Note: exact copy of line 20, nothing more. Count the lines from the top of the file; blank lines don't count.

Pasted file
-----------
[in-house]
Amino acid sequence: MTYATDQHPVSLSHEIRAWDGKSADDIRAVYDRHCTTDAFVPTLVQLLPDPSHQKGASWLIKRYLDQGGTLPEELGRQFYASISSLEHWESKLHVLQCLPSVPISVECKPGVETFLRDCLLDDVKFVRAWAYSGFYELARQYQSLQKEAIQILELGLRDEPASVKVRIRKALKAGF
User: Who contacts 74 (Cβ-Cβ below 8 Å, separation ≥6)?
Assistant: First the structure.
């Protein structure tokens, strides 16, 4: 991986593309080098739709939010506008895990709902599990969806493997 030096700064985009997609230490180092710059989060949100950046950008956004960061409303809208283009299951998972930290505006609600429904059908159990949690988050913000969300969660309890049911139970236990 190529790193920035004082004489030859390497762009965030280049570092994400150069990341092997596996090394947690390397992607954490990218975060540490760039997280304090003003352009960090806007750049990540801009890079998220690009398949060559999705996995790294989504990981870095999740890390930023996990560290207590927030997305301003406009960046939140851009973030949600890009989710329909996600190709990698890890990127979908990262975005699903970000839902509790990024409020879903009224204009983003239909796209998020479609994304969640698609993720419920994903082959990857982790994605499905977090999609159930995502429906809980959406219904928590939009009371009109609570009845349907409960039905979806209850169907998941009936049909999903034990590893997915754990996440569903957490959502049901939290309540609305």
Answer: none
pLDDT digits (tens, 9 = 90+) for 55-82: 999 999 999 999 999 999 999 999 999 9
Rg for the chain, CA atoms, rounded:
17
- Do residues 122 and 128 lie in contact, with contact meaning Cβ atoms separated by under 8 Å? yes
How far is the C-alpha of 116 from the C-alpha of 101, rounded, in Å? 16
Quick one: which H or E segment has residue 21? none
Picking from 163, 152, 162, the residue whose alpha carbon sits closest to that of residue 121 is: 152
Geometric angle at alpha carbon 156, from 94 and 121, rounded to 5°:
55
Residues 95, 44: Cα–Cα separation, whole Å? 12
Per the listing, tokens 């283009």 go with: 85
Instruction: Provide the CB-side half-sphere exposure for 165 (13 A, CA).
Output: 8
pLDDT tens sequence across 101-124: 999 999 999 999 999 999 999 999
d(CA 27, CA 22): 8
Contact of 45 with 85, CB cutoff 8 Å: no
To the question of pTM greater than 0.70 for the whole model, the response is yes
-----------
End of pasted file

pLDDT tens sequence across 101-124: 999 999 999 999 999 999 999 999